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An Assessment of the SBIR Program at the Department of Energy parable to the non-SBIR research.8 This finding is consistent with anecdotal evidence based on interviews conducted as part of the present NRC study in March 2005 with TTMs and TPMs across several programs. The NRC project manager survey specifically attempted to assess the perceived quality of SBIR research by asking the project managers to rate the quality of research on scale where ten is best, one is worst for each of the SBIR Phase II projects in the survey. As a baseline, the project managers also were asked to use the same rating scale to assess the average quality of research of other-than-SBIR projects conducted for the project manager’s unit/office in the past two years. For DoE, the median rating was seven for both groups; the average rating was 6.80 for the SBIR and 7.24 for the non-SBIR group. (The standard deviation was 1.7 for both groups.) Further analysis showed that the result favoring non-SBIR research quality over SBIR quality is driven by outliers among the project managers who gave specific SBIR projects extremely low scores. As another measure of research quality, the project managers were asked whether their office received more high quality research proposals than they could fund. Sixty-two percent of DoE project managers reported that there were more fundable projects than they could fund, 31 percent reported that they received about the right number of proposals, and only 8 percent reported receiving fewer fundable proposals than they could fund. The results for DoD/NASA were similar. 5.3.3 Research Impact The project manager survey further asked whether the research conducted for the SBIR project made any difference in the way the project manager’s office conducted research or pursued other research projects. The limited impact here may be related to the fact that, unlike DoD and NASA, DoE does not procure technology for its own use; therefore, the impact of the research may be harder to identify. Of the 42 project managers who reported that SBIR-funded research had affected the manner in which their office had conducted research or pursued other research projects, about half encouraged the project performer to seek additional SBIR awards; more than half tried to follow up on project ideas in other research conducted or sponsored by the project manager’s office; some of these further efforts led to a blind alley.9 8 These internal findings are supported by an external review as well. In January 1989, the GAO reported that the quality of DoE’s SBIR research was comparable to non-SBIR research. U.S. General Accounting Accounting Office, Federal Research: Assessment of Small Business Innovation Research Programs, GAO/RCED-89-39, Washington, D.C.: U.S. Government Printing Office. 9 Note: the total projects in the three categories exceed 42 because the project managers were instructed to assign as many categories.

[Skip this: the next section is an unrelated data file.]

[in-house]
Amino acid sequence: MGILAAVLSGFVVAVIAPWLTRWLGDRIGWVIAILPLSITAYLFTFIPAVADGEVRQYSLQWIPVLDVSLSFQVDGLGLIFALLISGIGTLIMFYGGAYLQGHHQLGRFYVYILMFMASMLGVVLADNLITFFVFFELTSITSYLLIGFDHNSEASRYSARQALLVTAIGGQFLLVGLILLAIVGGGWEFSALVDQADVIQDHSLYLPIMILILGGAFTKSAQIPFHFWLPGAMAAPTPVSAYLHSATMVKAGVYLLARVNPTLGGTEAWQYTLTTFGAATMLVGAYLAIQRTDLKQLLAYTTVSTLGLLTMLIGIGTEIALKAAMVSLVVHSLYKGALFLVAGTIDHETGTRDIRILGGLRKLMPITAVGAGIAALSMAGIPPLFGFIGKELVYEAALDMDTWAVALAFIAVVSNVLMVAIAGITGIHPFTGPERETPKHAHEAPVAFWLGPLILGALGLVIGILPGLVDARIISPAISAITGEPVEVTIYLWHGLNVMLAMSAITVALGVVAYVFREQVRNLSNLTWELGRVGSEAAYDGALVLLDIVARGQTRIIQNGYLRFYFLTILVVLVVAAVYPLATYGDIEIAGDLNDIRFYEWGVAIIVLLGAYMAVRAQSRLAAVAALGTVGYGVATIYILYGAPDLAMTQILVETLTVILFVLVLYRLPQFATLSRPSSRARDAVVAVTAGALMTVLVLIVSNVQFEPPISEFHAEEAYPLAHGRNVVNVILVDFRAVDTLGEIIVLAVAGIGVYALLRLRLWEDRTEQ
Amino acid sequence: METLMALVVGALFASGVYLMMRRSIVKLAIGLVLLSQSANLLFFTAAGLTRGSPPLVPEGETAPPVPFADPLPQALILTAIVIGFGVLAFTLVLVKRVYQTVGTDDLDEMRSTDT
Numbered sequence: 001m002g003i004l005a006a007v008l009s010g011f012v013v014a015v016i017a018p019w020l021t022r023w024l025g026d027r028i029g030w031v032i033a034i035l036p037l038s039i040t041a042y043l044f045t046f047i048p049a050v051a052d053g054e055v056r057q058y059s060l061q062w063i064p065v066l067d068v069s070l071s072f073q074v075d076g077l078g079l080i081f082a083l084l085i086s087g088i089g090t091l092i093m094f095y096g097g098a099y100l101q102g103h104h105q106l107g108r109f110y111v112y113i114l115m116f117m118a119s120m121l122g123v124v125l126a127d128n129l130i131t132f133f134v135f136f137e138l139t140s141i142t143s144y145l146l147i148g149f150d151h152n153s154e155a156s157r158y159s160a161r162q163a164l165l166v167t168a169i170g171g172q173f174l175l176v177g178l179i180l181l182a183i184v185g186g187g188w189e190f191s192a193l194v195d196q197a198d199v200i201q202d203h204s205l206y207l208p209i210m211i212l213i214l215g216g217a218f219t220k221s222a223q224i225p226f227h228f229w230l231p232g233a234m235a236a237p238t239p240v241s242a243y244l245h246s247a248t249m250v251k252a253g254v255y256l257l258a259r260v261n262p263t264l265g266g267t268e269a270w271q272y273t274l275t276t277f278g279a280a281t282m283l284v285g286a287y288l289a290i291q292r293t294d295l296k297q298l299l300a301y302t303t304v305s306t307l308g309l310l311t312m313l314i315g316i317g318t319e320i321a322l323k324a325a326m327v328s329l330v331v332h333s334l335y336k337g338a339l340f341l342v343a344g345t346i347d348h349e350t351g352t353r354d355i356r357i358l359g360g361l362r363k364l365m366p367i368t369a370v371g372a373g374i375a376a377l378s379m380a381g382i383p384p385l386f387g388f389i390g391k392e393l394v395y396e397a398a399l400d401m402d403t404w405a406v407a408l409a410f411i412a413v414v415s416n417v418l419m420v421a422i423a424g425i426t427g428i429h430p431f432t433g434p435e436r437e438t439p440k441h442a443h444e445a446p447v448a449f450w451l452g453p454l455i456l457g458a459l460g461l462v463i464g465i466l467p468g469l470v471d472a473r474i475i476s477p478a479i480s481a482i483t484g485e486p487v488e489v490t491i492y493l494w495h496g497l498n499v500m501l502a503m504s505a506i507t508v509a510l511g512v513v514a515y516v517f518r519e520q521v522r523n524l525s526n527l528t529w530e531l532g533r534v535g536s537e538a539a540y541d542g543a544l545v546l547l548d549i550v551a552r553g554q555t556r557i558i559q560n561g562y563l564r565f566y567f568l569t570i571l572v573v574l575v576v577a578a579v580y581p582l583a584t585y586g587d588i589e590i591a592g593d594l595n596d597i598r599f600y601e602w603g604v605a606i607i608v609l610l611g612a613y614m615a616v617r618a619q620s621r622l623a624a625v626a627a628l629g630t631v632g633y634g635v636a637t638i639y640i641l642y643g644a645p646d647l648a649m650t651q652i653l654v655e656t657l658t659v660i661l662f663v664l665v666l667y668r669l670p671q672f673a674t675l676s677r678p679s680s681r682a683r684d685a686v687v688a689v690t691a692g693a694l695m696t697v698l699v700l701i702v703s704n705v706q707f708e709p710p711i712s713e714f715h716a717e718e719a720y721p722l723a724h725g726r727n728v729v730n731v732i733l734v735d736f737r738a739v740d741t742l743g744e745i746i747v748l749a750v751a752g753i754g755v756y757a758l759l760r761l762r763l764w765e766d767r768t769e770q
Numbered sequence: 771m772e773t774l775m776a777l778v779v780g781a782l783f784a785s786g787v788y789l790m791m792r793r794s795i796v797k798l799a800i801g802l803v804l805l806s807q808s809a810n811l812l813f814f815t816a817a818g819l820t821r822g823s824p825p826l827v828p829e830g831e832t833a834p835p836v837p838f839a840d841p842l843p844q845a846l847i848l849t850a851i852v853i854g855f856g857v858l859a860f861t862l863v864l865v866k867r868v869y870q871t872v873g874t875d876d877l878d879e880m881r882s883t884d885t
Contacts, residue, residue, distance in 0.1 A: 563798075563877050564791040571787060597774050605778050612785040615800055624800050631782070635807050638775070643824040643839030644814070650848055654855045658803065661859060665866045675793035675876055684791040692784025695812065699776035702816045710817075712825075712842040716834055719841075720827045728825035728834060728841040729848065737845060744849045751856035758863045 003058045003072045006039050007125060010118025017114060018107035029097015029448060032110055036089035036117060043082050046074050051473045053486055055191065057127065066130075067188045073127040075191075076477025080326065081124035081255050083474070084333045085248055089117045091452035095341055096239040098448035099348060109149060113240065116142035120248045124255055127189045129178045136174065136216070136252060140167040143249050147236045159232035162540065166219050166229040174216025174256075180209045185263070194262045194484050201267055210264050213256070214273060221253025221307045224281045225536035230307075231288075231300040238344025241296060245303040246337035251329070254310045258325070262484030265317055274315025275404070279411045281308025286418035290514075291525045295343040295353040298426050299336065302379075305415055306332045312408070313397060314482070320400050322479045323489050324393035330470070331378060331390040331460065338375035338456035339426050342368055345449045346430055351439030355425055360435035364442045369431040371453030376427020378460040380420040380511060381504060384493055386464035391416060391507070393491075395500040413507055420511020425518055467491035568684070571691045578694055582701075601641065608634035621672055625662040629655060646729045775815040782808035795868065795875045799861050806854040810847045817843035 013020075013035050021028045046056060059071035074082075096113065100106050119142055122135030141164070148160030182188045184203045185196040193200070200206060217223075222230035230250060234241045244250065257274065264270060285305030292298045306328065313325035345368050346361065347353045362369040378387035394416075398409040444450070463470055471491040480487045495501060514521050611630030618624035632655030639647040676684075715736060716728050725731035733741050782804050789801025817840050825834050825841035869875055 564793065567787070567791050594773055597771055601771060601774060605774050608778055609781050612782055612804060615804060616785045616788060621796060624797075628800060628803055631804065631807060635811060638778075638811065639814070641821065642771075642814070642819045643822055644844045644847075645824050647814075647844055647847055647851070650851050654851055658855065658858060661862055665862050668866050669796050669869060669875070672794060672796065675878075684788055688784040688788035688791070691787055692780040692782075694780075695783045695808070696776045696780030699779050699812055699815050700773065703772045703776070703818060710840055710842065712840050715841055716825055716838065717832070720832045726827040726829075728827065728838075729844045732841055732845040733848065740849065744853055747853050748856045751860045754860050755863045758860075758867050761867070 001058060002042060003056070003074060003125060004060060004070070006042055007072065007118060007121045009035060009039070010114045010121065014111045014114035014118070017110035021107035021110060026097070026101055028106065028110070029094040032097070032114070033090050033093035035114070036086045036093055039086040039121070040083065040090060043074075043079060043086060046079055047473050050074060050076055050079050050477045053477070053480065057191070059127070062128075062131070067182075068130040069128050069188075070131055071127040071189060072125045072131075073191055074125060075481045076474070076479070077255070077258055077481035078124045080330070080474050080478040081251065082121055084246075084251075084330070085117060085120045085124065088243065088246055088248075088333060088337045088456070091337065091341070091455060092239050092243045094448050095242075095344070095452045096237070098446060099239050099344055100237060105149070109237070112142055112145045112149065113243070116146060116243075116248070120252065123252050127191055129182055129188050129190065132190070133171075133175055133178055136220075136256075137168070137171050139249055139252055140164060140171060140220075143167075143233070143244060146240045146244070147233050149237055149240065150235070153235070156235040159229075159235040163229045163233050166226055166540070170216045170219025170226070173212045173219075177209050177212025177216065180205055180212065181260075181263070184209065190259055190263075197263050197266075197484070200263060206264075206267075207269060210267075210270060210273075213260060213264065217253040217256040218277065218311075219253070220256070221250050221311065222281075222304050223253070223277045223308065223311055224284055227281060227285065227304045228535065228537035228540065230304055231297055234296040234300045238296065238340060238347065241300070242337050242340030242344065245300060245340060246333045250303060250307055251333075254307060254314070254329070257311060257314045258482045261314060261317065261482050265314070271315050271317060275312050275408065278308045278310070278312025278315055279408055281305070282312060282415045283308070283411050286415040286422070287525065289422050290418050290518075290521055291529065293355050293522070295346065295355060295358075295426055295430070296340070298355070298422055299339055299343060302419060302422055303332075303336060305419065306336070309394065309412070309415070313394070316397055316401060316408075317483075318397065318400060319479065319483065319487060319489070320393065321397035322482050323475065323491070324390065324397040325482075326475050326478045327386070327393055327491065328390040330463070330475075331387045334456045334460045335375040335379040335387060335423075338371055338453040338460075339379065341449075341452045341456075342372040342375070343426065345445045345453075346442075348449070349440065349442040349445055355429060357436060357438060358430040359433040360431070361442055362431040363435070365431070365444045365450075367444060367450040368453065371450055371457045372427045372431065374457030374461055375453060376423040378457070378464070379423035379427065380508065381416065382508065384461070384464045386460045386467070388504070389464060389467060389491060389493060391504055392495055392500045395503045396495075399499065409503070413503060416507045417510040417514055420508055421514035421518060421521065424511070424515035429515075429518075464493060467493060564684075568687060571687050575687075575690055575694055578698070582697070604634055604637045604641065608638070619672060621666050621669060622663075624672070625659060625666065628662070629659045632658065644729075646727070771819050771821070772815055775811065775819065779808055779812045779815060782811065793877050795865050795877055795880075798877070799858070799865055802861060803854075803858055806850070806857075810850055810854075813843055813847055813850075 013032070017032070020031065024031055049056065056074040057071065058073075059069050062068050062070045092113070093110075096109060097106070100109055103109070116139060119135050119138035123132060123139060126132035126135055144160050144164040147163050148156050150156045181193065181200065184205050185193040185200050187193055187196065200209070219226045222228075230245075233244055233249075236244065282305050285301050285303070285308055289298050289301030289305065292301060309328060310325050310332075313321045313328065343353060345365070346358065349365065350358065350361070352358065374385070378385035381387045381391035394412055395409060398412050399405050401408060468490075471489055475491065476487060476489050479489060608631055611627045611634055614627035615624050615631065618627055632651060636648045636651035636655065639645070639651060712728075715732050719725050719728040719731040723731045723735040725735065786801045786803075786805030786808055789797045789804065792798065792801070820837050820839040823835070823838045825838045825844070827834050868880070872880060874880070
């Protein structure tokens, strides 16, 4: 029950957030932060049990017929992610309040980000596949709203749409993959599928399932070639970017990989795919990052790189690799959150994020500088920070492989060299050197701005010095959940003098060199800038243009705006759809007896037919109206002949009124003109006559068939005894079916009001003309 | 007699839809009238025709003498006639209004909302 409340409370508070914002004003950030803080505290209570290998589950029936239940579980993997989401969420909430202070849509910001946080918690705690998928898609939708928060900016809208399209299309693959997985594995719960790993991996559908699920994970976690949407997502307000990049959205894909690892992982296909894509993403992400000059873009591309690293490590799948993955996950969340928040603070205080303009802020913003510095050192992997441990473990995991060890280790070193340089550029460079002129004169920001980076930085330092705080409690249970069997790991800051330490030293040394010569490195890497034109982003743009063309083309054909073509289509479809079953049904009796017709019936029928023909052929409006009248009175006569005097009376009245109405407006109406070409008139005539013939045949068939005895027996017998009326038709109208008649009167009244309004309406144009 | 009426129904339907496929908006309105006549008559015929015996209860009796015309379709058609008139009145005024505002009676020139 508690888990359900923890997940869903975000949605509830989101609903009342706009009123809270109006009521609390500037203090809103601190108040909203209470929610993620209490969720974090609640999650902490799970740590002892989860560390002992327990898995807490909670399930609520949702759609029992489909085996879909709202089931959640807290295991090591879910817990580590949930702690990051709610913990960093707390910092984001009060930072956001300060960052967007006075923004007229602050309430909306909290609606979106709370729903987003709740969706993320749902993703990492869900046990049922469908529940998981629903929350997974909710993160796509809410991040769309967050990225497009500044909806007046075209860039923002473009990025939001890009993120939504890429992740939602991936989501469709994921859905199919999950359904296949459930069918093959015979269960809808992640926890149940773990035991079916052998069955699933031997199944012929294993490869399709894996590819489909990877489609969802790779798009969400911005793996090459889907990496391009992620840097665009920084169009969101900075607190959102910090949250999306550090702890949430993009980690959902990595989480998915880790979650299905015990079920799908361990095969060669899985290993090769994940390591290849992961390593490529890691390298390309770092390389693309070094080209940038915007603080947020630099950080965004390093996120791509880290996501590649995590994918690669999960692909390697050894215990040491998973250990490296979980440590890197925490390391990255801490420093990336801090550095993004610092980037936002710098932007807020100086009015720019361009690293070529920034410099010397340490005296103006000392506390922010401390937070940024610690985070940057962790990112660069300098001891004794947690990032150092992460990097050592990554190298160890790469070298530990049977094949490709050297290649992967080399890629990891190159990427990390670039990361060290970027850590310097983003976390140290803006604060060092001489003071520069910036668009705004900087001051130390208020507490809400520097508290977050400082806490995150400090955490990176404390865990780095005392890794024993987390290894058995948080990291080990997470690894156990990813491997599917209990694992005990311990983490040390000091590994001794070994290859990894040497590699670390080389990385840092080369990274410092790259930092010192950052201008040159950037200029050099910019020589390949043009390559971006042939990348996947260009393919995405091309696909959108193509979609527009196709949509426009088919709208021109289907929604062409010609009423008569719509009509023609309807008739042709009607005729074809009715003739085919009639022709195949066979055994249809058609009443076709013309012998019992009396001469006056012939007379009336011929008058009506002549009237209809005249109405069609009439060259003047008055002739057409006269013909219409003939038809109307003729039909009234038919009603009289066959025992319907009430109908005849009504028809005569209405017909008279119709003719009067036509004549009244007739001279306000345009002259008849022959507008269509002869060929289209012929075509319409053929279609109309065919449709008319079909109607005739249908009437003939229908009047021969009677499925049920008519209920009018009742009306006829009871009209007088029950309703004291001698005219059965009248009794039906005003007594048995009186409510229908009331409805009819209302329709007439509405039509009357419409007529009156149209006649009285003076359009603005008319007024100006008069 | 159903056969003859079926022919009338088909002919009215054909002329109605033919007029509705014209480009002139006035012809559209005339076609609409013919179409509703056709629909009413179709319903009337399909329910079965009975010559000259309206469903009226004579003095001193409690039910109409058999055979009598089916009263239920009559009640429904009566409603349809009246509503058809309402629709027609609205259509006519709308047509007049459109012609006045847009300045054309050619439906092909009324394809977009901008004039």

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An Assessment of the SBIR Program at the Department of Energy 5.3.4 Comparative Research Value Finally, in the survey project managers were asked to compare the value of SBIR research, per dollar spent, to that of non-SBIR research. DoE project managers rated 17 percent of the SBIR projects as providing more benefits than other agency research projects, 52 percent providing the same benefits, and 31 percent providing fewer benefits. The positive score was similar to that at DoD and NASA projects. The project managers also were asked about two types of outcomes: (1) commercialization; and (2) other noncommercial, perhaps intrinsic, uses. At DoE, the project managers reported that 30 percent of projects were commercialized and that 54 percent had noncommercial/intrinsic use. By comparison, the DoD/NASA project monitors reported 35 percent and 68 percent respectively. Overall, project managers indicated that nearly 60 percent of DoE SBIR projects showed a commercial or intrinsic use or both. At DoE, only a few projects were identified as receiving Phase III funding from the agency (13 percent). None of the yes responses further indicated that the product of the SBIR award had been directly procured by the agency. 5.3.5 Project Ownership Participation in topic generation is one indication of whether a project manager would claim “ownership” of projects resulting from that topic. For about 70 percent of DoE projects, the project manager indicated involvement in the generation of the topic that led to SBIR award; 58 percent reported involvement with the technology before Phase I began, with another 30 percent reporting involvement after Phase I but before Phase II began. Overall, we can define an “ownership group” as those project managers who had a potential stake in the project, as demonstrated either by involvement in topic generation or involvement with the project before the Phase I proposal. For DoE, more than three-fourths of the survey responses had project managers that could be defined as being in the ownership group. All but two DoE project managers reported a technical role in the project. In addition, about one-fifth reported a financial role. It is likely that the financial role was related to such decisions as (1) determining whether the costs of the project were appropriate, (2) deciding whether to fund all or part of the Phase II proposal, and (3) advising the contracting officer on whether sufficient work had been accomplished to justify payments. Only 7 percent reported having a role with respect to commercialization assistance. Finally the project managers were asked if they or others played a role in the project’s ability to obtain Phase III funding. Most DoE project managers (81 percent) did not know enough about this subject to answer the question.